As this decade comes to a close, I keep hearing variations of the same nostalgia-tinged question about the internet: “When did we all stop having fun?” In November, the New York Times Magazine devoted an entire issue to the question. “The Internet Dream Became a Nightmare. What will become of it now?” one headline ran. The digital edition was published with colorful nostalgic touches like fake pop-up ads and retro mouse cursors.
In her new memoir, Trick Mirror: Reflections on Self-Delusion, the New Yorker’s Jia Tolentino tracks down the website she built for herself at ten years old. Using her father’s office computer, she blogged, writing prophetically: “I’m going insane! I literally am addicted to the web!”
“In 1999, it felt different to spend all day on the internet,” Tolentino writes. “People had been gathering on the internet in open forums, drawn, like butterflies, to the puddles and blossoms of other people’s curiosity and expertise.”
I remember 1999 too. At my London primary school, a Canadian boy, Pierce, told us about Google. “You can search for anything on Google, anything in the world, and you don’t need a web address, you can just use normal words,” he said. “And it will give you the answers.”
No one had heard of it. The concept seemed too huge and all-consuming for us to understand.
“What’s it called again?”
We laughed at the strange name, and thought Pierce was probably making it up.
“I remember what the internet was like before it was being watched, and there has never been anything in the history of man like it,” Edward Snowden said in the 2014 documentary Citizenfour, describing how children once freely conversed with world-renowned experts halfway across the world. “We’ve seen the chilling of that model towards something where people self-police their own views.”
I was too young to really take part in this great conversation. Instead I played Miniclip games and watched the badger mushroom video on a loop, streamed on a website that wasn’t YouTube. The internet was at its heart, fun – the only spectre that loomed was my parents’ terror of “Chat Rooms.”
For Dr. Christopher Markou, an artificial intelligence expert at Cambridge University who I met in October at a tech conference in Armenia, the arrival of Facebook was a joyous moment. “It was really cool! I could go on and be like “who likes Radiohead at my University? And I could go and make friends with everyone who has the same music as me,” he said. “But as soon as the newsfeed came in, I was like, “Oh no. I opt out.”
What bothered Markou, who has ADHD, was how the newsfeed’s algorithm held his and his peers’ attention. Now, he says, “I’ve realized that the rest of the world has become like how I was told not to be,” he said.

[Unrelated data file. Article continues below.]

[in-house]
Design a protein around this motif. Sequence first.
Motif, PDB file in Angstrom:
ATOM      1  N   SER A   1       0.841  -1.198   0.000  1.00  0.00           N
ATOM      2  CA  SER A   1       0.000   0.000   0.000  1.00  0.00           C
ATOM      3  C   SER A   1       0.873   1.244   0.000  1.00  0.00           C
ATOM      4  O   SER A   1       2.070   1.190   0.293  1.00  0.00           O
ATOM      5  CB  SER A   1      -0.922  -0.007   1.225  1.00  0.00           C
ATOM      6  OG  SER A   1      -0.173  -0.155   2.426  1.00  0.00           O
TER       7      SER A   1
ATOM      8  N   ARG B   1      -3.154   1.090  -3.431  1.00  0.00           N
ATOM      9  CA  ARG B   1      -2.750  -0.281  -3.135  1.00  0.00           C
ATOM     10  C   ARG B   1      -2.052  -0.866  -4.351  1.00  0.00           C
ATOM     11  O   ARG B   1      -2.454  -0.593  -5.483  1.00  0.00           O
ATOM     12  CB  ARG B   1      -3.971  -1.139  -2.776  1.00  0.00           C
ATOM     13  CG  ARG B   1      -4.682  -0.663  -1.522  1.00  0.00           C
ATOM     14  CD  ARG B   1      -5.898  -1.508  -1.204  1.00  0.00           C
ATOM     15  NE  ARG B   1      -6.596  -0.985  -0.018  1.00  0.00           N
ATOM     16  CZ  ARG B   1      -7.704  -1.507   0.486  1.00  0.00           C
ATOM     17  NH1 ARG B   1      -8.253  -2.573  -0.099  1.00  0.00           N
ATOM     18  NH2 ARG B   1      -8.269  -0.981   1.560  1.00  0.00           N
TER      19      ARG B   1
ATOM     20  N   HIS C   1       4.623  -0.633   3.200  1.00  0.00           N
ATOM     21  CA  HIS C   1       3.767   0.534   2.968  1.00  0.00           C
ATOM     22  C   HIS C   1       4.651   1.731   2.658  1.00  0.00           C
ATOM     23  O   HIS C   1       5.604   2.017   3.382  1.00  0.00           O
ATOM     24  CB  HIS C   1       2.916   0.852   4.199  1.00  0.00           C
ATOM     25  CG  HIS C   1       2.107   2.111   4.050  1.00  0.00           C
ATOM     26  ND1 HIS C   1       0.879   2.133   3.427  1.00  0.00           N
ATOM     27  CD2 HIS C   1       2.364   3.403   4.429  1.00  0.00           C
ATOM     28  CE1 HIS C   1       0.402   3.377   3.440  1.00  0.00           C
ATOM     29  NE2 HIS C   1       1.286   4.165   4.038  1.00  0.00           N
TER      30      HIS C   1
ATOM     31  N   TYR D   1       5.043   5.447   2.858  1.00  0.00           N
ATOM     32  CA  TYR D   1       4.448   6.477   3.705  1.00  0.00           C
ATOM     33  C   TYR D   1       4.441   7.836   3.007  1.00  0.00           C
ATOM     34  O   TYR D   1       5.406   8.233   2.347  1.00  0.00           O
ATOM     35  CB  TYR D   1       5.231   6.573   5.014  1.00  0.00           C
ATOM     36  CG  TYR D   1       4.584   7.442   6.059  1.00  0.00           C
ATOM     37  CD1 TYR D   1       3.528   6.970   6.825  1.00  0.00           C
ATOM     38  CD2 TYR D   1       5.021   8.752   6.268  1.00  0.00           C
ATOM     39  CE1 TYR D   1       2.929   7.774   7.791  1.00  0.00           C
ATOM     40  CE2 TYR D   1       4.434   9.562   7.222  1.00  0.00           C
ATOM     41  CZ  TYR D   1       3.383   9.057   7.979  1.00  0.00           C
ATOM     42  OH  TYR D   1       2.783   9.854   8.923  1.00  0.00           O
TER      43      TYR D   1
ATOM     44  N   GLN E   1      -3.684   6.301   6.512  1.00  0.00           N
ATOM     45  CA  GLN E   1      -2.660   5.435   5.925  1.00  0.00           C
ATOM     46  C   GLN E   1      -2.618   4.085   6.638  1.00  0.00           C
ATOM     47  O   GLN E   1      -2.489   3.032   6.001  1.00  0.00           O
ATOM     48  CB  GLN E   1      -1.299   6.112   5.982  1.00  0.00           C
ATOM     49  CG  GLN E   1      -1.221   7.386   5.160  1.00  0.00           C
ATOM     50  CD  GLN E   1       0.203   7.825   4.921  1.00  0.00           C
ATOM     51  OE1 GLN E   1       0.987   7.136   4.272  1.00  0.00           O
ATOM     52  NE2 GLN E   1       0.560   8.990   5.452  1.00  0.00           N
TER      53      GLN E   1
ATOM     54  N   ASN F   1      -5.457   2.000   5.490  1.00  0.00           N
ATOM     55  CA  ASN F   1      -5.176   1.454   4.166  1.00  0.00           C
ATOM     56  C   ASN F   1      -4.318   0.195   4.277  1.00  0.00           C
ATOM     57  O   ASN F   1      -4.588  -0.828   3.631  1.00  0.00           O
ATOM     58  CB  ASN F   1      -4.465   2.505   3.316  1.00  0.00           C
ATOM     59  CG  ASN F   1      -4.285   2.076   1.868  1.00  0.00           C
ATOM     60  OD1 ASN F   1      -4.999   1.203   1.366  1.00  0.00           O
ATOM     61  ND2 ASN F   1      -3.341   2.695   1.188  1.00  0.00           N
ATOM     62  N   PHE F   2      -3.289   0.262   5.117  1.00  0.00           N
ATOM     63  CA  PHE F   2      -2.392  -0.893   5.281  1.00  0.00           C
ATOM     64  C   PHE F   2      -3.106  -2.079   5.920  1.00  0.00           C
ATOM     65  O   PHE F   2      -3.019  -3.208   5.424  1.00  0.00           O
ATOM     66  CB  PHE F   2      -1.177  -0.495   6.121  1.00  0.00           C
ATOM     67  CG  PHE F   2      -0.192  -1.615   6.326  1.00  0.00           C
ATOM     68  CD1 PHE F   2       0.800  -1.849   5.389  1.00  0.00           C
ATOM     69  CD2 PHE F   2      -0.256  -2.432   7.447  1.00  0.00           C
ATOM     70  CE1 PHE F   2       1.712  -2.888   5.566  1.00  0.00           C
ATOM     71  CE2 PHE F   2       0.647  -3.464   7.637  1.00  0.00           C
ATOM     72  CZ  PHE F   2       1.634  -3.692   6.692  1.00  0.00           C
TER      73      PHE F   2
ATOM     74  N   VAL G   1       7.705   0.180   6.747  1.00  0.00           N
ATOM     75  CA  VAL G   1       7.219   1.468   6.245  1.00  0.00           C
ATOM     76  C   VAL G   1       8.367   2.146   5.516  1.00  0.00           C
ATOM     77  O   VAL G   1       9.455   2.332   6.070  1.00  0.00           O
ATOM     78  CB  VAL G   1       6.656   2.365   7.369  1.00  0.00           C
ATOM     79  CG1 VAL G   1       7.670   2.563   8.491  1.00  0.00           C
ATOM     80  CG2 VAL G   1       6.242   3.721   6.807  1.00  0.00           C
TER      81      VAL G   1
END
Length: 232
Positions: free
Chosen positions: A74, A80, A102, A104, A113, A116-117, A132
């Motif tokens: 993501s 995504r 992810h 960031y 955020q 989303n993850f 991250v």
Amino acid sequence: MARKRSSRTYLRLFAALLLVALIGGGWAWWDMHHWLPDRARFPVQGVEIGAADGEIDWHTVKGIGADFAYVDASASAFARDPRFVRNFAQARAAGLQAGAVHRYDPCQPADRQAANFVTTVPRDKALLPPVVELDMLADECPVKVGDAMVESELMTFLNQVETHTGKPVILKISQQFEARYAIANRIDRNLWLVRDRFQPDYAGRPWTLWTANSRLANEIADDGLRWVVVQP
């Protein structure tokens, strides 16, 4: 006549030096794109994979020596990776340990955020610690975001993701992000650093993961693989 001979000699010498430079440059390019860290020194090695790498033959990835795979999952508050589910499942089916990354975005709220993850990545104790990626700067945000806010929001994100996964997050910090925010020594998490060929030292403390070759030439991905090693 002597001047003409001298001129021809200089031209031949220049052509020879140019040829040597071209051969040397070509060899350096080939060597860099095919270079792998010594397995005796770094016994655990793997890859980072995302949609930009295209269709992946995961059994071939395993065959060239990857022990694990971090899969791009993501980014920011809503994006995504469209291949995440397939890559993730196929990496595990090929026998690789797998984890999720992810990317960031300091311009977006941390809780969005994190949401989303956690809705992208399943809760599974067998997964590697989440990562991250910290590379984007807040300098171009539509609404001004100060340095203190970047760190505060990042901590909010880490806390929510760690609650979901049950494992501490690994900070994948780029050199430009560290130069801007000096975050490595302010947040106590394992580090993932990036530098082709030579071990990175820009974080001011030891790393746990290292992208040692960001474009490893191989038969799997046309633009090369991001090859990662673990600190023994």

TikTok clings to its joyful image
The story of TikTok, the short-form video app that’s a favorite platform among teens for selfie videos and singalongs, is somewhat of a fable for the larger tale of the internet. Faced with a looming U.S. national security investigation, and a California lawsuit claiming TikTok sent reams of data to China, TikTok is scrambling to show that at its heart, it’s still good fun.
Last week, I wrote about how the platform banned a user after she posted a make-up tutorial that discussed China’s imprisonment of Uyghur Muslims. TikTok said her phone was blocked in relation to a different video, a statement which appeared to fall flat when the platform then also removed the Uyghur video. The company said the video removal was a “human moderation error.”
In response to the criticism the platform received, TikTok’s Head of Safety Eric Han wrote a blogpost re-iterating the company’s “common goal of providing a platform that fulfils its core purpose of bringing creativity and joy to others.”
“The episode has highlighted a signature challenge facing TikTok: Famous for its lighthearted memes and singalong videos, the app increasingly finds itself facing scrutiny due to its close ties to a Chinese conglomerate that must adhere to the country’s strict censorship rules,” the Washington Post’s Drew Harwell and Tony Romm wrote last week.
But TikTok’s answer to staying “joyful” appears simply to eliminate content that sparks joyless responses. According to a leak by a TikTok whistleblower, the platform hides videos of people with disabilities, disfigurements, and autism – in the name of stamping out cyberbullying.
My favorite Coda Stories this week:
- At the forefront of Europe’s battle for tech transparency For Coda, reporter Filip Brokes took a look at the ongoing battle between the European Union and tech giants like Facebook and Google.
- Inside the China Cables: Video surveillance, confessions and ‘de-extremification’ in Xinjiang. I took a closer look at some of the language used in last week’s leak of documents instructing Xinjiang authorities how to run the region’s vast network of concentration camps for Uyghurs and other Muslims.
- And on the subject of the lost days of the internet, do read Eduard Saakashvili’s news brief on the sale of the .org domain to an investment firm. The firm, Ethos Capital, is owned by three Republican billionaire families, who will now have the power to charge higher prices to the thousands of nonprofits who use .org in their URL, and will also be able to control and censor anything that gets posted to those domains.
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